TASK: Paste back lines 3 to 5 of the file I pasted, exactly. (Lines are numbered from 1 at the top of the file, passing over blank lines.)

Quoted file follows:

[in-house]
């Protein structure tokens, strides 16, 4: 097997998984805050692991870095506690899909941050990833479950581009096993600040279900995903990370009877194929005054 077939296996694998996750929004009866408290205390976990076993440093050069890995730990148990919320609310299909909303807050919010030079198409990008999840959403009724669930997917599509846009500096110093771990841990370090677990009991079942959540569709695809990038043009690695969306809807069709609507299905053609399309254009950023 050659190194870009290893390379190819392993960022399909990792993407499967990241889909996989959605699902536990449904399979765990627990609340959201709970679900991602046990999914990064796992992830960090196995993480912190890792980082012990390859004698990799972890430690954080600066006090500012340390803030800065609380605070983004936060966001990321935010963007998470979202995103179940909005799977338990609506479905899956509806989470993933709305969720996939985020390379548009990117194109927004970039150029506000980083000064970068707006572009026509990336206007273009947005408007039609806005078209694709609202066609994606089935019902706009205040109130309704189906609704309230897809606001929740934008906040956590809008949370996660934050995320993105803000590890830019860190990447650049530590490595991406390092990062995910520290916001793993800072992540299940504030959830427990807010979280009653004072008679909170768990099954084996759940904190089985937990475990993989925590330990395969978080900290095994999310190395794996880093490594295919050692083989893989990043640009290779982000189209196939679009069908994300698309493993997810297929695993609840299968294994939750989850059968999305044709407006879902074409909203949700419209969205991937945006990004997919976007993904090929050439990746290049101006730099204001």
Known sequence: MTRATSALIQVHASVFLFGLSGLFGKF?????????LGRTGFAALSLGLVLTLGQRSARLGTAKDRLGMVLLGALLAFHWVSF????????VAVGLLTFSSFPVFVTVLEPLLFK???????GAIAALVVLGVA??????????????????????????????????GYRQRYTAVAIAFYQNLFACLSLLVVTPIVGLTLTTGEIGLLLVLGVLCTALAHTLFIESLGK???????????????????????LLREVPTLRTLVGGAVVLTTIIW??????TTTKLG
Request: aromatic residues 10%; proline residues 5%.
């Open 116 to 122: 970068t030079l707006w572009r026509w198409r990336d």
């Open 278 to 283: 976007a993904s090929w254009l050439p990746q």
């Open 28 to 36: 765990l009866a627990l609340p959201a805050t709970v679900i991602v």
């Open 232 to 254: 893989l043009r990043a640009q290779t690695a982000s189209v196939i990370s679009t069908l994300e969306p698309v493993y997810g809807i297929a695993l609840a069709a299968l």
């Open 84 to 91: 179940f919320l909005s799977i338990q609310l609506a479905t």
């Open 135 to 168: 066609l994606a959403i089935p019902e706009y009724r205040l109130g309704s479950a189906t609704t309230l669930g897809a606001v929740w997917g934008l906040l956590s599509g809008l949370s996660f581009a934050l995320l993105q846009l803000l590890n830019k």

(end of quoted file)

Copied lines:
Known sequence: MTRATSALIQVHASVFLFGLSGLFGKF?????????LGRTGFAALSLGLVLTLGQRSARLGTAKDRLGMVLLGALLAFHWVSF????????VAVGLLTFSSFPVFVTVLEPLLFK???????GAIAALVVLGVA??????????????????????????????????GYRQRYTAVAIAFYQNLFACLSLLVVTPIVGLTLTTGEIGLLLVLGVLCTALAHTLFIESLGK???????????????????????LLREVPTLRTLVGGAVVLTTIIW??????TTTKLG
Request: aromatic residues 10%; proline residues 5%.
């Open 116 to 122: 970068t030079l707006w572009r026509w198409r990336d």